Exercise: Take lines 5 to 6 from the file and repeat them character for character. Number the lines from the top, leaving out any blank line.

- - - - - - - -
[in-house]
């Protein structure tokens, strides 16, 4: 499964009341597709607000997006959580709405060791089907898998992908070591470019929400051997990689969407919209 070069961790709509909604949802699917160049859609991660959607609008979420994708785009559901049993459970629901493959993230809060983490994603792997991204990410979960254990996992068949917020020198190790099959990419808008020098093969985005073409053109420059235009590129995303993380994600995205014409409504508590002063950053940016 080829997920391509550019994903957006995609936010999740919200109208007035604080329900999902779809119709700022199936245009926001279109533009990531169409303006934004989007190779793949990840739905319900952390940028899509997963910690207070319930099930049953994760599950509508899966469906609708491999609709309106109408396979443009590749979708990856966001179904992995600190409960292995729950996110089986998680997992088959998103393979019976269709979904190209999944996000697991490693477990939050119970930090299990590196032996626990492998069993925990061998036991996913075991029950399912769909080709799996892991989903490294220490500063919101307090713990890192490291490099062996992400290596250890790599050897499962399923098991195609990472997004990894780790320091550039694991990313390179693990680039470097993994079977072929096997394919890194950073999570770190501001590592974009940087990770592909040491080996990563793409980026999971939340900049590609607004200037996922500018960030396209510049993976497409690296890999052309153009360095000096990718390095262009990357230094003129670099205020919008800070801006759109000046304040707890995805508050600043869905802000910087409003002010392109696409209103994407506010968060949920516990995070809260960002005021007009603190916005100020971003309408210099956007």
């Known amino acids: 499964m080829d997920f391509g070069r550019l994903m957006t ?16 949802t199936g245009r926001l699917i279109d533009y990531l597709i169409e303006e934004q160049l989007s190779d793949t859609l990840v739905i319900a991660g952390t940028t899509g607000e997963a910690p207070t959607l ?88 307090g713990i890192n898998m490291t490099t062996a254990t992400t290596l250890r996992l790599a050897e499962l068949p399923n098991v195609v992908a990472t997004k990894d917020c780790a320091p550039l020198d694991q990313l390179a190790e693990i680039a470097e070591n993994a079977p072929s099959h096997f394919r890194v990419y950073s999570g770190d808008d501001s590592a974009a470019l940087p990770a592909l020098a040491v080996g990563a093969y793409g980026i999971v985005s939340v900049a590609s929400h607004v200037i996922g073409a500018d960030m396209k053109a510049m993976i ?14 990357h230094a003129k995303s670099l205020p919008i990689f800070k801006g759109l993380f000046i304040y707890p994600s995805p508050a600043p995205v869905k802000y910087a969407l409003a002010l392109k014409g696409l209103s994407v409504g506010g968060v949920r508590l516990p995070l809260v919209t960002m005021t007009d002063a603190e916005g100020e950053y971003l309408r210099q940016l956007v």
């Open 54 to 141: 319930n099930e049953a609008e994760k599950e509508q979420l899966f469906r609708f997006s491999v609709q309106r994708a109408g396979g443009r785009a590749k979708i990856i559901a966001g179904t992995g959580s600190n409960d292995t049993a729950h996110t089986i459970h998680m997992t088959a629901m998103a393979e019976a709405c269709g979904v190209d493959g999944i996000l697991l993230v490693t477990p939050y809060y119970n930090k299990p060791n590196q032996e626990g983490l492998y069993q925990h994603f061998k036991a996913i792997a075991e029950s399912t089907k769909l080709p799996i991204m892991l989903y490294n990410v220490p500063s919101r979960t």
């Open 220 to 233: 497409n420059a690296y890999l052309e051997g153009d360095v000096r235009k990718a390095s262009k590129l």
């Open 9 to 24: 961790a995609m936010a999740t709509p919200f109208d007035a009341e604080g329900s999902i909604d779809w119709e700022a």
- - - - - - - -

């Open 220 to 233: 497409n420059a690296y890999l052309e051997g153009d360095v000096r235009k990718a390095s262009k590129l």
């Open 9 to 24: 961790a995609m936010a999740t709509p919200f109208d007035a009341e604080g329900s999902i909604d779809w119709e700022a």